child came upon the book and loved it, in spite of chiding, finding in
it an imagination that satisfied, and a storm that cleared the air; or
some strong-fibred heart felt without a shudder the justice of that
stern vision of inevitable, inherited ruin following the chance-found
child of foreign sailor and seaport mother. But these readers were not
many; even yet the book is not popular.

For, in truth, the qualities that distinguish Emily Brontë are not those
which are of the first necessity to a novelist. She is without
experience; her range of character is narrow and local; she has no
atmosphere of broad humanity like George Eliot; she has not Jane
Austen's happy gift of making us love in a book what we have overlooked
in life; we do not recognise in her the human truth and passion, the
never-failing serene bitterness of humour, that have made for Charlotte
Brontë a place between Cervantes and Victor Hugo.

Emily Brontë is of a different class. Her imagination is narrower, but
more intense; she sees less, but what she sees is absolutely present: no
writer has described the moors, the wind, the skies, with her passionate
fidelity, but this is all of Nature that she describes. Her narrow
fervid nature accounted as simple annoyance the trivial scenes and
personages touched with immortal sympathy and humour in 'Villette' and
'Shirley'; Paul Emanuel himself appeared to her only as a pedantic and
exacting taskmaster; but, on the other hand, to a certain class of mind,
there is nothing in fiction so moving as the spectacle of Heathcliff
dying of joy - an unnatural, unreal joy - his panther nature paralysed,
_anéanti_, in a delirium of visionary bliss.

Only an imagination of the rarest power could conceive such a
dénouement, requiting a life of black ingratitude by no mere common
horrors, no vulgar Bedlam frenzy; but by the torturing apprehension of a
happiness never quite grasped, always just beyond the verge of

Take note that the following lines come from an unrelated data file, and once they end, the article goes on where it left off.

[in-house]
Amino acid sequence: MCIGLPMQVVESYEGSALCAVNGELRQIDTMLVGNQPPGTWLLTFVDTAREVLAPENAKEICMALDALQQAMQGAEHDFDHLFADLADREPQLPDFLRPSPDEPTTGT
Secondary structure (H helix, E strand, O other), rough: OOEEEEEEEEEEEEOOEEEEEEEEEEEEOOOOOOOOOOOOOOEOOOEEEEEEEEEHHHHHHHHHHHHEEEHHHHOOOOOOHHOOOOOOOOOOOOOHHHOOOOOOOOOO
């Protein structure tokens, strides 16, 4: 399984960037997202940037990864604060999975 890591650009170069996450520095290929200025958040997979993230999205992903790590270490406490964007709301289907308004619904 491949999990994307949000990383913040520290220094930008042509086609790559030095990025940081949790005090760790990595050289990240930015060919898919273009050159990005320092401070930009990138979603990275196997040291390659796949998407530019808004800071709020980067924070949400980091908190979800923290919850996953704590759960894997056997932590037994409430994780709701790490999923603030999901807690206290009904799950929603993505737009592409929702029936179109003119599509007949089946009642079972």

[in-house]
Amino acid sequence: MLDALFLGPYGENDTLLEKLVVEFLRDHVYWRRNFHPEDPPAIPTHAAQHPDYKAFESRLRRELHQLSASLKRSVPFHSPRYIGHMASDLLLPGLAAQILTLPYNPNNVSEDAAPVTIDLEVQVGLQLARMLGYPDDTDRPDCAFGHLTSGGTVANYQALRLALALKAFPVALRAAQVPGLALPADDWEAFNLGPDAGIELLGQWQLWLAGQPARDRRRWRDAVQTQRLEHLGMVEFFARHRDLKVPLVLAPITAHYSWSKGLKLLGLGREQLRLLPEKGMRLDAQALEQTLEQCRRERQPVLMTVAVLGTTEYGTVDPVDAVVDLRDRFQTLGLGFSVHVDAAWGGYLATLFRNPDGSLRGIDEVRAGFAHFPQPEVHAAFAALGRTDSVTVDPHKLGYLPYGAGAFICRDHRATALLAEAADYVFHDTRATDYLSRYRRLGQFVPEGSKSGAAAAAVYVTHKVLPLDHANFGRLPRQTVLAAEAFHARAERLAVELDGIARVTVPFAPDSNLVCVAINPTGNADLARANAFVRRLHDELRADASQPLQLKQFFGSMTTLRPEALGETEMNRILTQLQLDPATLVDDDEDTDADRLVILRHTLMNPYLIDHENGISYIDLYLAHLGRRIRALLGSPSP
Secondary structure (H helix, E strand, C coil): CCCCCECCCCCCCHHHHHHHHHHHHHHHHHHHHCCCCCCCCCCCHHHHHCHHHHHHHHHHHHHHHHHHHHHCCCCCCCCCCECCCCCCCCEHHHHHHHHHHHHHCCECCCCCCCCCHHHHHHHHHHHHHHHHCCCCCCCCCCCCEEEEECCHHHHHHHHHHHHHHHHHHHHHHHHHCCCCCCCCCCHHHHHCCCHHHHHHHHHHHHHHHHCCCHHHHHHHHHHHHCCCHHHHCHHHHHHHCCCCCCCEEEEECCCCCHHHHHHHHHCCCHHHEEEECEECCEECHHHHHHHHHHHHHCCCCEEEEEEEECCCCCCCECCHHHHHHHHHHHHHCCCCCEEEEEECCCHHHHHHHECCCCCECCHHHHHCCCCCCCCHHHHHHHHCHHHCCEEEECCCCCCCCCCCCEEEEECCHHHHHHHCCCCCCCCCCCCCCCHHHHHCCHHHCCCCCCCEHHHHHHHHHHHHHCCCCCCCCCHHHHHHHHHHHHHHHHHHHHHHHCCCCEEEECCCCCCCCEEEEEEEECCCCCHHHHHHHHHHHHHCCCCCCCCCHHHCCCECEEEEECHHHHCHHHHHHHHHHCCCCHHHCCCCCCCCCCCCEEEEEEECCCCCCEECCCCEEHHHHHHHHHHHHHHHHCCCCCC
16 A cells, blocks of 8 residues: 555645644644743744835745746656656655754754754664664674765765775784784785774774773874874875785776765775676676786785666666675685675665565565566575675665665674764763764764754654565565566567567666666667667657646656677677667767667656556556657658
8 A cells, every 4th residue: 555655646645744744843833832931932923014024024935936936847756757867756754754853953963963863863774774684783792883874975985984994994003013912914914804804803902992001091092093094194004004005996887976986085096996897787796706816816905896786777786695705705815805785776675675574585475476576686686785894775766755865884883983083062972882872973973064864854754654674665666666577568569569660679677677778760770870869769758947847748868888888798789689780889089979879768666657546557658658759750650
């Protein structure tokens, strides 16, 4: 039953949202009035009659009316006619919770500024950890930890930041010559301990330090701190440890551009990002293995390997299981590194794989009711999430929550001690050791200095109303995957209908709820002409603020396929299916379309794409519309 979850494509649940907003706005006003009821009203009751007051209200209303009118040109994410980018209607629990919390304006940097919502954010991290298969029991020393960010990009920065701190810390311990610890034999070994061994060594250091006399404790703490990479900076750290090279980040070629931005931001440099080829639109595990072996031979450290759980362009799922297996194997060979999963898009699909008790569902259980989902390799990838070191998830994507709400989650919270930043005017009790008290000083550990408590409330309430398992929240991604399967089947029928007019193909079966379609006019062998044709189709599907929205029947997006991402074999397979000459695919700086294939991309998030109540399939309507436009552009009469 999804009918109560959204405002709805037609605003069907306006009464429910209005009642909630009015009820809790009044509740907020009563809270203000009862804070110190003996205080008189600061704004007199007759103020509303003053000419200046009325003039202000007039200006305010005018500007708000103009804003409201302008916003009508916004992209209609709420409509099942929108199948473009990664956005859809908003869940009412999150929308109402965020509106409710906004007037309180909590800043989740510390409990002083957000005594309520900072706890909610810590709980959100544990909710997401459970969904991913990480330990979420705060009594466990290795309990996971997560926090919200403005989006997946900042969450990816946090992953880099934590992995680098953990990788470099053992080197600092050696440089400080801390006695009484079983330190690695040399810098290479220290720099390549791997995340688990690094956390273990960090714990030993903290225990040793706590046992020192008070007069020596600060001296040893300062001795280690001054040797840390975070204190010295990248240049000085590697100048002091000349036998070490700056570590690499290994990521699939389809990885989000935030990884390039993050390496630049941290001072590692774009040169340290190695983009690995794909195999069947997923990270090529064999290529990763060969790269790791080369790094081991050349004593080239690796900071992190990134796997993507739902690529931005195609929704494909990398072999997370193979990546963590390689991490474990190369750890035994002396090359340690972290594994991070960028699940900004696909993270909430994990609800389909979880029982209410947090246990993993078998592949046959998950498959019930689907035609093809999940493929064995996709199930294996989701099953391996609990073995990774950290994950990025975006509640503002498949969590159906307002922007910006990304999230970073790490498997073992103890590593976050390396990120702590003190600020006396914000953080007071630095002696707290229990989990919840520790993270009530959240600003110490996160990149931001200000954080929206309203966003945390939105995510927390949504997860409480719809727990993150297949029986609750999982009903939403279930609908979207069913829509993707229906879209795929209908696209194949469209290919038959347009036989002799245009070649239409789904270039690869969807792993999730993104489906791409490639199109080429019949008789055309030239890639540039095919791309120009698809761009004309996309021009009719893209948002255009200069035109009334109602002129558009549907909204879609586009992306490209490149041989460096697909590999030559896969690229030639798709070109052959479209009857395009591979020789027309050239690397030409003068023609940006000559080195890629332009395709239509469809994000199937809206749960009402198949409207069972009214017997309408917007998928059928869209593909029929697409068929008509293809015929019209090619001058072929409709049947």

realisation. Only an imagination of the finest and rarest touch,
absolutely certain of tread on that path of a single hair which alone
connects this world with the land of dreams. Few have trod that perilous
bridge with the fearlessness of Emily Brontë: that is her own ground and
there she wins our highest praise; but place her on the earth, ask her
to interpret for us the common lives of the surrounding people, she can
give no answer. The swift and certain spirit moves with the clumsy
hesitating gait of a bird accustomed to soar.

She tells us what she saw; and what she saw and what she was incapable
of seeing are equally characteristic. All the wildness of that moorland,
all the secrets of those lonely farms, all the capabilities of the one
tragedy of passion and weakness that touched her solitary life, she
divined and appropriated; but not the life of the village at her feet,
not the bustle of the mills, the riots, the sudden alternations of
wealth and poverty; not the incessant rivalry of church and chapel; and
while the West Riding has known the prototype of nearly every person and
nearly every place in 'Jane Eyre' and 'Shirley,' not a single character
in 'Wuthering Heights' ever climbed the hills round Haworth.

Say that two foreigners have passed through Staffordshire, leaving us
their reports of what they have seen. The first, going by day, will tell
us of the hideous blackness of the country; but yet more, no doubt, of
that awful, patient struggle of man with fire and darkness, of the grim
courage of those unknown lives; and he would see what they toil for,
women with little children in their arms; and he would notice the blue
sky beyond the smoke, doubly precious for such horrible environment. But
the second traveller has journeyed through the night; neither squalor
nor ugliness, neither sky nor children, has he seen, only a vast stretch
of blackness shot through with flaming fires, or here and there burned
to a dull red by heated furnaces; and before these, strange toilers,
half naked, scarcely human, and red in the leaping flicker and gleam of
the fire. The meaning of their work he could not see, but a fearful and
impressive phantasmagoria of flame and blackness and fiery energies at
work in the encompassing night.

So differently did the black country of this world appear to Charlotte,
clear-seeing and compassionate, and to Emily Brontë, a traveller through
the shadows. Each faithfully recorded what she saw, and the place was
the same, but how unlike the vision! The spectacles of temperament
colour the world very differently for each beholder; and, to understand
the vision, we too should for a moment look through the seer's glass. To